Antivaccine nonsense Autism Complementary and alternative medicine History Holocaust Holocaust denial Medicine

A friendly word of advice to Ginger Taylor and Age of Autism’s Kim Stagliano

Courtesy of antivaccinationist Kool Aid drinker Ginger Taylor, I saw this new term for those who argue against the scientifically dubious proposition that vaccines cause autism, specifically Paul Offit:

Vaccinianity – ( n. The worship of Vaccination. The belief that Vaccine is inherently Good and therefore cannot cause damage. If damage does occur, it is not because Vaccine was bad, but because the injured party was a poor receptacle for the inherently Good Vaccine. (ie. hanna poling was hurt when she came into contact with Vaccine, not because the Vaccine was harmful, but because her DNA was not to par or because her mitochondrial disorder was to blame.) Vaccine is presumed to have rights that supersede the rights of the individual, while the human person’s rights must defer to Vaccine.

Apparently, Kim Stagliano at AoA originally coined the term. She’s even quite pleased with herself about it. Now, I’m sure that Ginger and Kim think this is a hilariously spot-on term for what they perceive to be the “religion” of their enemies, but I don’t think they know that a very similar term has been coined before by some particularly loathsome and despicable people. At least, I hope that they don’t. Indeed, I am offering this information because I do not want to see even the AoA knuckleheads get too enthusiastic about embracing a term that has echoes of an incredibly vile philosophy, as easy a target as it would give me in the future. As wrong as they are about vaccines and autism, even antivaccinationists don’t deserve that. The vile idiots who coined the similar term that I’m talking about are just that despicable, and I’d gladly give up the fun I could have using this information against Kim and Ginger because of that.

So, to Kim and Ginger, I humbly suggest one thing:

Just Google the term I’m referring to.

Take this as just a friendly word of advice to my esteemed opponents, lest they unknowingly tar themselves with a most unpleasant association. I’d hate to see them do that. From my perspective, they may deserve many other terms of opprobrium, but not that one.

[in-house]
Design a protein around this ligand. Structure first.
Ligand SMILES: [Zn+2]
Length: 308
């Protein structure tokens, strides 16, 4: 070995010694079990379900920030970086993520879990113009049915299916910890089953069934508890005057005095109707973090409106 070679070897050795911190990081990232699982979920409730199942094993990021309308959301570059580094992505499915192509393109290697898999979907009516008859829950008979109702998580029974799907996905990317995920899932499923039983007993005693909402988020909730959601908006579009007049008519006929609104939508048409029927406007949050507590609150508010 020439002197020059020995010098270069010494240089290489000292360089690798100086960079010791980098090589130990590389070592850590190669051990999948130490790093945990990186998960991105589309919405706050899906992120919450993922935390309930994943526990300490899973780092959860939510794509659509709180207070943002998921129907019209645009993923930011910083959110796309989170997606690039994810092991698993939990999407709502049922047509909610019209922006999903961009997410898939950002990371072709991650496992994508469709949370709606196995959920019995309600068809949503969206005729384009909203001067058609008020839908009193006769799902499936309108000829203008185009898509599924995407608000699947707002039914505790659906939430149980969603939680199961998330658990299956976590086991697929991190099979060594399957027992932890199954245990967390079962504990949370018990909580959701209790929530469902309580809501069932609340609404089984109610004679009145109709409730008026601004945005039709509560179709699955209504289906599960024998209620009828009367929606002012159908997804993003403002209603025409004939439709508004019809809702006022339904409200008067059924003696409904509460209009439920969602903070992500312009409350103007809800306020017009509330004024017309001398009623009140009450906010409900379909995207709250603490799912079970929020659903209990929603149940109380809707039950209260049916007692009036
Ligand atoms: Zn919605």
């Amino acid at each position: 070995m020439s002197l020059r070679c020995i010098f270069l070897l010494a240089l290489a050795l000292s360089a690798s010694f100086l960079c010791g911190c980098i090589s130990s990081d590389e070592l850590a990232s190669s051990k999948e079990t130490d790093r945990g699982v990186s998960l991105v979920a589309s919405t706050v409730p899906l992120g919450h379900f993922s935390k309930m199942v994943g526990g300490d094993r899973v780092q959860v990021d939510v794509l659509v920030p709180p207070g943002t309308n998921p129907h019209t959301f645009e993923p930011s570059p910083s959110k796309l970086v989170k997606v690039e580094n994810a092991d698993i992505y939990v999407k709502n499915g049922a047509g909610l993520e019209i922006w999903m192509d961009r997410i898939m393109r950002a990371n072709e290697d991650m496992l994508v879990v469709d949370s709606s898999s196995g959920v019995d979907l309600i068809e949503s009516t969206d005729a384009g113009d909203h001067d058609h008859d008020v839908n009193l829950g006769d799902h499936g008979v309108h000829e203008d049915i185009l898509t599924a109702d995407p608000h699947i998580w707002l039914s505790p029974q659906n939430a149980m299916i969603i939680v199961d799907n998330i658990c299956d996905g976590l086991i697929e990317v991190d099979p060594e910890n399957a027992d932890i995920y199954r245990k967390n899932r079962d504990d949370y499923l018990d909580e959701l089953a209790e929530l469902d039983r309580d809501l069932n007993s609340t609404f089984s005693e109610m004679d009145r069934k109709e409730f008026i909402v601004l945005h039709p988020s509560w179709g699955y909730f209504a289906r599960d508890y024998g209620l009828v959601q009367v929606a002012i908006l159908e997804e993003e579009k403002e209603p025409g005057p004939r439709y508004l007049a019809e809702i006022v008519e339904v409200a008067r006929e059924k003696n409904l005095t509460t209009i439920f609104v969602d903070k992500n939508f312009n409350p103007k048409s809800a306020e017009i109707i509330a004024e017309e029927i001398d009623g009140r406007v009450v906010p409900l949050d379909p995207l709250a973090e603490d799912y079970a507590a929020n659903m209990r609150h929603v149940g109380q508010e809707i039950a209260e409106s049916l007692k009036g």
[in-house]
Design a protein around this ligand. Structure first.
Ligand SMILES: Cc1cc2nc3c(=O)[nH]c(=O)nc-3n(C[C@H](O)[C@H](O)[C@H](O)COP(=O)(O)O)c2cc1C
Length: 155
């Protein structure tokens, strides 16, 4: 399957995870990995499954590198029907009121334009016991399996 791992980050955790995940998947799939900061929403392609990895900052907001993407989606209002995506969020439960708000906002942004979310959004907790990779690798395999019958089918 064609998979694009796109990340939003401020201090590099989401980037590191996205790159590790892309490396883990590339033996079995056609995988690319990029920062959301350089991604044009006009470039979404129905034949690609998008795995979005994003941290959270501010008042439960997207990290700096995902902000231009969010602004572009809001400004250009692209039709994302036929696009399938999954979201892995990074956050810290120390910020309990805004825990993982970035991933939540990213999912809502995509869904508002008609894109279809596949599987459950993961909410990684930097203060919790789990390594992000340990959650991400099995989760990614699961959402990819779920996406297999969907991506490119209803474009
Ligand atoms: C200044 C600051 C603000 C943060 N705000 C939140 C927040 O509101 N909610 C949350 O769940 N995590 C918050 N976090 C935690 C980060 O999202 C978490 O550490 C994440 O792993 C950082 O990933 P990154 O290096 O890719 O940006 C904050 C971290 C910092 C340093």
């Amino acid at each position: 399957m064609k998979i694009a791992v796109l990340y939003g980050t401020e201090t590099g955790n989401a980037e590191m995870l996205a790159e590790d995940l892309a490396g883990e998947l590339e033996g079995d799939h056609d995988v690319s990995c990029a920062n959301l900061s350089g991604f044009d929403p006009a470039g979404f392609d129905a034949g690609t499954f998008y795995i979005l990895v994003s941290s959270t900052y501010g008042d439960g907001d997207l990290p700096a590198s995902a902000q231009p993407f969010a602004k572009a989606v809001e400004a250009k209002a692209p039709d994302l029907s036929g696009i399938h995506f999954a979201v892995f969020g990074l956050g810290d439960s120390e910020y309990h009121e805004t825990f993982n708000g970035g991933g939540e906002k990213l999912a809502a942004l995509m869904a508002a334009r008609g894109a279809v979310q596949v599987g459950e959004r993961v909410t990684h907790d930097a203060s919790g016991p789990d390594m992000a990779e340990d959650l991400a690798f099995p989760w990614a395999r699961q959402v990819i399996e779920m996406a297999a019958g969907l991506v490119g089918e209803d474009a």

No need for them to thank me, by the way. I’d do the same thing for other pseudoscientists, too, and what are friends for?

By Orac

Orac is the nom de blog of a humble surgeon/scientist who has an ego just big enough to delude himself that someone, somewhere might actually give a rodent's posterior about his copious verbal meanderings, but just barely small enough to admit to himself that few probably will. That surgeon is otherwise known as David Gorski.

That this particular surgeon has chosen his nom de blog based on a rather cranky and arrogant computer shaped like a clear box of blinking lights that he originally encountered when he became a fan of a 35 year old British SF television show whose special effects were renowned for their BBC/Doctor Who-style low budget look, but whose stories nonetheless resulted in some of the best, most innovative science fiction ever televised, should tell you nearly all that you need to know about Orac. (That, and the length of the preceding sentence.)

DISCLAIMER:: The various written meanderings here are the opinions of Orac and Orac alone, written on his own time. They should never be construed as representing the opinions of any other person or entity, especially Orac's cancer center, department of surgery, medical school, or university. Also note that Orac is nonpartisan; he is more than willing to criticize the statements of anyone, regardless of of political leanings, if that anyone advocates pseudoscience or quackery. Finally, medical commentary is not to be construed in any way as medical advice.

To contact Orac: [email protected]

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